Free the Floopians: Level Mania
Off the top of my head, I can’t think of any other indie games developers based in South Africa, and so Canvas software are certainly helping to blaze a trail in that respect. Their premiere title “Free the Floopians: Level Mania” is a light-hearted puzzle/platformer. The game is a linear, story driven adventure, and interestingly it is available to buy in episodes (1 to 3) as well as in a full game all-episode bundle pack at a reduced price. The demo acts as a platform for the rest of the episodes to play off, and is therefore a required download for all customers, regardless of which option they choose.
The evil Robo Lord has imprisoned many Floopians all through the secret underground cave network and our hero, Fled, must free them. Fled runs and jumps though a somewhat 3-D environment, solves puzzles and manipulates switches to free the imprisoned Floopians on each level and then needs to get to the exit within a stipulated time limit.
The environments are indeed modelled in 3-D, yet the path that Fled must follow through each level is quite linear. Waste time by doing things out of order, for example, and you’ll most probably run out of time and have to start the level over. There does not seem to be much scope for experimentation by the player (in terms of multiple ways to complete a mission), and very little strategy (perhaps none at all) is needed to progress through the levels. Some of the puzzles are tricky though, and a little bit of thought will come in handy to determine the correct order of actions required.
The first couple of tries on each level will be basically a trial run so that you can locate levers and buttons and plan your optimal path. After that, a third or fourth run through the level will give you a time to beat, with subsequent runs being simply a matter of shaving seconds off your time, and collecting bonus points.
There are obstacles to contend with such as flame throwers, remotely operated boom gates, floating platforms and so on. Skill in action games like Super Mario Brothers will come in handy. Rather disappointingly, there’s little that you haven’t seen before in other games in this genre, and not much to set the game apart from the competition in terms of gameplay. One feature that I did enjoy was a giant sliding block puzzle at the end of a level, where a jumbled picture had to be re-arranged in order to allow progress to the exit. What I saw of the level design failed to really inspire a desire to keep playing. For example, making the player jump on over 30 sinking platforms in a row, with one narrow miss meaning going right back to the start of the section, is just an exercise in frustration. I don’t want to sound too brutal, I honestly found the gameplay a bit too tedious and repetitious.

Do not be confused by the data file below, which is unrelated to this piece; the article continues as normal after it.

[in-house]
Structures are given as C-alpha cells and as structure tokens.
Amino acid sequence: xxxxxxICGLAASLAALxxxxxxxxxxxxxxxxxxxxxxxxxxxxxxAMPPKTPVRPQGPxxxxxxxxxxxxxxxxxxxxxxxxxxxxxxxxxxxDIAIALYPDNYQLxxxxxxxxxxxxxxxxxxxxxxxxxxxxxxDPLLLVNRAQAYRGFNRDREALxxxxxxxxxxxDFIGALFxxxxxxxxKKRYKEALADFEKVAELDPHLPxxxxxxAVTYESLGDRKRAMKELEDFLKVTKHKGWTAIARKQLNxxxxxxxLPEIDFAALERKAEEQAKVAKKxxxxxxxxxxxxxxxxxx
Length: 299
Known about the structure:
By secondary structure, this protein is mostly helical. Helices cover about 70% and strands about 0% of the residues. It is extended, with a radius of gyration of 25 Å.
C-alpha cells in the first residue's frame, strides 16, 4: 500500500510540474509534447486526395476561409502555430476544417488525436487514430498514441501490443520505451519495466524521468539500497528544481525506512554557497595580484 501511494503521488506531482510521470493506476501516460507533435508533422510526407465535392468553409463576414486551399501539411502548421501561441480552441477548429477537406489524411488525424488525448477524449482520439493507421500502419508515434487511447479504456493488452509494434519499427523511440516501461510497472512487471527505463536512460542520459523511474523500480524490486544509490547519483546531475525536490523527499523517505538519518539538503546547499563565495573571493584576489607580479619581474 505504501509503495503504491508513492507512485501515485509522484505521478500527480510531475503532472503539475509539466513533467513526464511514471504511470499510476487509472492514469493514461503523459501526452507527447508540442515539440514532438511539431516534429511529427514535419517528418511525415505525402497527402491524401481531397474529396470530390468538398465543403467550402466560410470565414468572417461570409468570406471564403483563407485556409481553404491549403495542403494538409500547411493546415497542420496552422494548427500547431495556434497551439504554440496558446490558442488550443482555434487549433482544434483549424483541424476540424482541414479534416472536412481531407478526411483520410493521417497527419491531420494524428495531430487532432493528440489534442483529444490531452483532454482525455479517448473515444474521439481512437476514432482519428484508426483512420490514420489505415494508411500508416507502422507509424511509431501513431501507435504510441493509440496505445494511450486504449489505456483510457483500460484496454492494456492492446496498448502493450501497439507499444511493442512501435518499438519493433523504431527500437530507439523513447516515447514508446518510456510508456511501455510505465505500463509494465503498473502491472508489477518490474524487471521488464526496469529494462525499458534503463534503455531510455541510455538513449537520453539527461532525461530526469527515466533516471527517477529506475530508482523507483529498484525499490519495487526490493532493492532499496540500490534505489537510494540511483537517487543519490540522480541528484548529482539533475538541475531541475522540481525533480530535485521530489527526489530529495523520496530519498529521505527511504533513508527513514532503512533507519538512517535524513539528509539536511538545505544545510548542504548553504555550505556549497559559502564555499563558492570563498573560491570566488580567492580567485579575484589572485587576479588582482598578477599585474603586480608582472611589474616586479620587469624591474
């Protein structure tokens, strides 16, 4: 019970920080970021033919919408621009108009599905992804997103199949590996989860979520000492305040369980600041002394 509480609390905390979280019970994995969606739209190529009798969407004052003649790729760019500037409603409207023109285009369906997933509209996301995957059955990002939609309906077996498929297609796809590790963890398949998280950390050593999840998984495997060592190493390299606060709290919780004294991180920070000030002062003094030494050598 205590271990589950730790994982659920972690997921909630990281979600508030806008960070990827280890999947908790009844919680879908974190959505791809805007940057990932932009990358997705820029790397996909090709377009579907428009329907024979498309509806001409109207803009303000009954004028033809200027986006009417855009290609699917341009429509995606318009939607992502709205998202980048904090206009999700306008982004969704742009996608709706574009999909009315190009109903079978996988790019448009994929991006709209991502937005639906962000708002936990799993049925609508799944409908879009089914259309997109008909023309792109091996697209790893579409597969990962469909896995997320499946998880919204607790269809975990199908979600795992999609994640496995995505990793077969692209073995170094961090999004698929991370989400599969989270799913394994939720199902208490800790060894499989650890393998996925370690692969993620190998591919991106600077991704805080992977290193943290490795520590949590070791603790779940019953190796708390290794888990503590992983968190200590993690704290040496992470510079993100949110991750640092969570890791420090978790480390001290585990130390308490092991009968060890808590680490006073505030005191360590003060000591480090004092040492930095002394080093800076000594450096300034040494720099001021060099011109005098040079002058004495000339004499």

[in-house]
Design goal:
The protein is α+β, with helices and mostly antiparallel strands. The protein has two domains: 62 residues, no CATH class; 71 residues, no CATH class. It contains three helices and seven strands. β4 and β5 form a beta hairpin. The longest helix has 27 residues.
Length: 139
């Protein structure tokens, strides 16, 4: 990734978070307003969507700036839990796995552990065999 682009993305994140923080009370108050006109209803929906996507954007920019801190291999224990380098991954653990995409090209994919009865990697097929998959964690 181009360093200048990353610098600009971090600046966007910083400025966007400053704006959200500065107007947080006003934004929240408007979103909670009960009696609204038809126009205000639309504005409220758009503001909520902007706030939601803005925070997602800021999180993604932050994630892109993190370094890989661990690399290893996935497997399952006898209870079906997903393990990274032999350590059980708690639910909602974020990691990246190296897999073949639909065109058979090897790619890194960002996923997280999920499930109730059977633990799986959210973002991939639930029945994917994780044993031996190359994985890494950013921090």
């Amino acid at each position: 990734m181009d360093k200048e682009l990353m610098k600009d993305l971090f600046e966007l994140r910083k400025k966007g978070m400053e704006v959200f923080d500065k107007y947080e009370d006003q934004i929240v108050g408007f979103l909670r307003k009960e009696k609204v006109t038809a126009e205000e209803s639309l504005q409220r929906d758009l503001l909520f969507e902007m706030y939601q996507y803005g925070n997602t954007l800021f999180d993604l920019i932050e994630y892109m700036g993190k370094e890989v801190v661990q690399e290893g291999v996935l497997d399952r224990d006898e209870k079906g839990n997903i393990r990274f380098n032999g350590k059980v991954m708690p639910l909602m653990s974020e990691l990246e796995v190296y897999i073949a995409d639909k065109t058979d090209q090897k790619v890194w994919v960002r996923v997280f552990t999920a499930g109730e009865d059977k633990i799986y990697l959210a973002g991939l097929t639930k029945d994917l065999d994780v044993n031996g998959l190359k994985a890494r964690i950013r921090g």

Controls are extremely simple: just use the arrow keys to move around, and use your J key to jump. Alternatively, plug in your favourite gamepad and mash away. My generic USB game controller worked fine.
The best thing that Floopians has got going for it by far and away is the creative talent on show. The graphics are very pleasing to the eye, models animate fluidly, textures are clean and detailed, and sound effects are well done. The interface is logically navigated, there’s a helpful 3-D map view, and options to configure the game to run at various display resolutions as well.
I doubt whether Floopians will be a huge success for Canvas, for a couple of reasons. The game is too simple in terms of concept to draw in any but the most casual gamers. The gameplay is too linear, offering no meaningful choices for players to feel like they are in control of the storyline, and by the nature of said style, replay value is severely limited. Having said that, the full version offers 75 levels to test the player, and there would be at least a good few hours of content there. I can really only recommend Floopians to die-hard platformer fans and perhaps as a game to keep the kids happy, and even then with some hesitation.
I should also add, in fairness to the developers, that this review has been written on the strength of the demo version alone. A couple of attempts were made to contact Canvas, but unfortunately no replies were received.
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